This article discusses the history, achievements, and prospects of the movement for prison or penal abolition in the United Kingdom, and in particular the ideas promoted by RAP (Radical Alternatives to Prison) in the 1970s and 1980s. The authors argue that while RAP patently did not succeed in abolishing prisons, it did contribute to significant changes in the debate over crime and punishment. Moreover, abolitionism (or perhaps more accurately, neo-abolitionism) remains highly relevant to practice (including that of restorative justice) and as a critical theory of criminal justice.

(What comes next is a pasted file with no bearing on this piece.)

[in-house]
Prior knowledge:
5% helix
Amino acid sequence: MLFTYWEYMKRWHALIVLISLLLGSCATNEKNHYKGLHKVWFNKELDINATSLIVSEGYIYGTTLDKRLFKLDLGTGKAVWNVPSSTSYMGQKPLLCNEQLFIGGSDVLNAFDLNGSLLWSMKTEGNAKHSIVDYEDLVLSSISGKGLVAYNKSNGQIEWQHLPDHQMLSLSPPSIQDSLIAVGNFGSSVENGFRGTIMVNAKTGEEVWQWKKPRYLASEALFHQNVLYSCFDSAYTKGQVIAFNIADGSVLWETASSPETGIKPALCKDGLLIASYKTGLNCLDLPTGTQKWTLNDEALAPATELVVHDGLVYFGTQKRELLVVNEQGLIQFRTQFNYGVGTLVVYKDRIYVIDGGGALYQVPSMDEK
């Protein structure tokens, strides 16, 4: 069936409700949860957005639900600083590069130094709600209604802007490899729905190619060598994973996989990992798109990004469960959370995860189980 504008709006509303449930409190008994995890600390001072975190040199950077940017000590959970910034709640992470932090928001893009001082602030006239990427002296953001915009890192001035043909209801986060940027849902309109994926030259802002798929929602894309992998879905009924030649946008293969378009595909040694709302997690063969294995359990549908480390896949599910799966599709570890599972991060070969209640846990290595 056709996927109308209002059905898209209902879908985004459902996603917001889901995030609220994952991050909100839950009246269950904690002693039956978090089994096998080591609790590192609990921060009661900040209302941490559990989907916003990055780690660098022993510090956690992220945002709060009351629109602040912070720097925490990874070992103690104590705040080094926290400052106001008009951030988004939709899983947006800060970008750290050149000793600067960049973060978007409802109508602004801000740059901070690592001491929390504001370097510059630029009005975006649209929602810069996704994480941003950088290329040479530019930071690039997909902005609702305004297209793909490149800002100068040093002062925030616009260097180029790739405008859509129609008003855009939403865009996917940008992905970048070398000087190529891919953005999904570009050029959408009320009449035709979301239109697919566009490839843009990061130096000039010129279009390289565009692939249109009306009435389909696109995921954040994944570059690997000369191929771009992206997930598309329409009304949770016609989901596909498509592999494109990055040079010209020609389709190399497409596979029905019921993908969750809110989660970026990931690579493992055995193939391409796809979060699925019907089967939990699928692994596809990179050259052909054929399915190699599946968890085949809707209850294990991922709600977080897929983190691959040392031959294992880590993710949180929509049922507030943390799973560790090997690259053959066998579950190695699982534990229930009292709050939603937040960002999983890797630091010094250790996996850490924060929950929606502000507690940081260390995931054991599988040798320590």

|Journal||Social Justice: A Journal of Crime, Conflict & World Order|
|Publication status||Published - 2014|